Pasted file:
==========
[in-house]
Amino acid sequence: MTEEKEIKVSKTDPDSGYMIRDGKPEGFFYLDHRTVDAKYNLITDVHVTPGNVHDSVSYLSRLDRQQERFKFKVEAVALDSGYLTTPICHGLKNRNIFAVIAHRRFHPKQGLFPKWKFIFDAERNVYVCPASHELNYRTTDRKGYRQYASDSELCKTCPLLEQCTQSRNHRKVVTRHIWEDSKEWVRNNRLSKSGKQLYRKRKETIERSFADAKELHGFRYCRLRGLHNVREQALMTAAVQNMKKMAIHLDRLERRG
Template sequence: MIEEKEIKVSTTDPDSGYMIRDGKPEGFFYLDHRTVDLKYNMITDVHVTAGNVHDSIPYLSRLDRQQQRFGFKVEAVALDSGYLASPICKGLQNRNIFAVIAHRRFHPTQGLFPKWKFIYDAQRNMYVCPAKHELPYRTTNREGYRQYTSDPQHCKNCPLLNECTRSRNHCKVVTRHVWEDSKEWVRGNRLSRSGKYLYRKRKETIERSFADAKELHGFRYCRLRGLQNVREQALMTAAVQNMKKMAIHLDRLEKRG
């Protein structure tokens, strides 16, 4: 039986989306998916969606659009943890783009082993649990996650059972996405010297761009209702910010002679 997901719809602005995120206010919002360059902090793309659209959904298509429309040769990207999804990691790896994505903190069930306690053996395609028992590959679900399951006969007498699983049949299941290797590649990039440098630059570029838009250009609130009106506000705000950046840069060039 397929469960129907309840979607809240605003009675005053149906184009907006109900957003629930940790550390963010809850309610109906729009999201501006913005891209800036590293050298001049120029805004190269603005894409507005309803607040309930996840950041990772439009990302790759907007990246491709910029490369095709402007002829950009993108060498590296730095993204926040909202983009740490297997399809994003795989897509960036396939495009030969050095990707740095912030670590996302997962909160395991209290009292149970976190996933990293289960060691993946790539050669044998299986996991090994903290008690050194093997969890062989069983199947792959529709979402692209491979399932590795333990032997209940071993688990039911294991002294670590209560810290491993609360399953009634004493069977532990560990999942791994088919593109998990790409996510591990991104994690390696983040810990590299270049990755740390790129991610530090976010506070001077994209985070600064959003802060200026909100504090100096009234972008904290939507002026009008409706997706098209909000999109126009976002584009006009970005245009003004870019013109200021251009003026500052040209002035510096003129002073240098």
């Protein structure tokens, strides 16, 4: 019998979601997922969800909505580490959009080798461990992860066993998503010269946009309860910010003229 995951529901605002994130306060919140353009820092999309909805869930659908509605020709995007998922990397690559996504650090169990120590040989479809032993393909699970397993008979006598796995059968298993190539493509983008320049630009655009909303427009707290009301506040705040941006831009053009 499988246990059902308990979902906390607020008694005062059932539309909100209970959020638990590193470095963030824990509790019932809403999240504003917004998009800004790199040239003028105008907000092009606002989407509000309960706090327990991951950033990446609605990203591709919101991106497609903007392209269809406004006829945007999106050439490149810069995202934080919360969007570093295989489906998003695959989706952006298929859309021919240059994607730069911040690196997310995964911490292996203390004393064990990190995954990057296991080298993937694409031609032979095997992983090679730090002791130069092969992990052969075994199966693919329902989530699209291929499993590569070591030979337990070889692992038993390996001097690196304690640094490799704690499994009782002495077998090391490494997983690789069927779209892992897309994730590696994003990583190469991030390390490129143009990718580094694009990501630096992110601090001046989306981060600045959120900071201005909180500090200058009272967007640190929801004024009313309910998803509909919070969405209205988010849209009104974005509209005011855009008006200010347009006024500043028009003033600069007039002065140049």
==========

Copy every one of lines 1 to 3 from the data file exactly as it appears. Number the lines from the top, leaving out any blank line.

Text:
[in-house]
Amino acid sequence: MTEEKEIKVSKTDPDSGYMIRDGKPEGFFYLDHRTVDAKYNLITDVHVTPGNVHDSVSYLSRLDRQQERFKFKVEAVALDSGYLTTPICHGLKNRNIFAVIAHRRFHPKQGLFPKWKFIFDAERNVYVCPASHELNYRTTDRKGYRQYASDSELCKTCPLLEQCTQSRNHRKVVTRHIWEDSKEWVRNNRLSKSGKQLYRKRKETIERSFADAKELHGFRYCRLRGLHNVREQALMTAAVQNMKKMAIHLDRLERRG
Template sequence: MIEEKEIKVSTTDPDSGYMIRDGKPEGFFYLDHRTVDLKYNMITDVHVTAGNVHDSIPYLSRLDRQQQRFGFKVEAVALDSGYLASPICKGLQNRNIFAVIAHRRFHPTQGLFPKWKFIYDAQRNMYVCPAKHELPYRTTNREGYRQYTSDPQHCKNCPLLNECTRSRNHCKVVTRHVWEDSKEWVRGNRLSRSGKYLYRKRKETIERSFADAKELHGFRYCRLRGLQNVREQALMTAAVQNMKKMAIHLDRLEKRG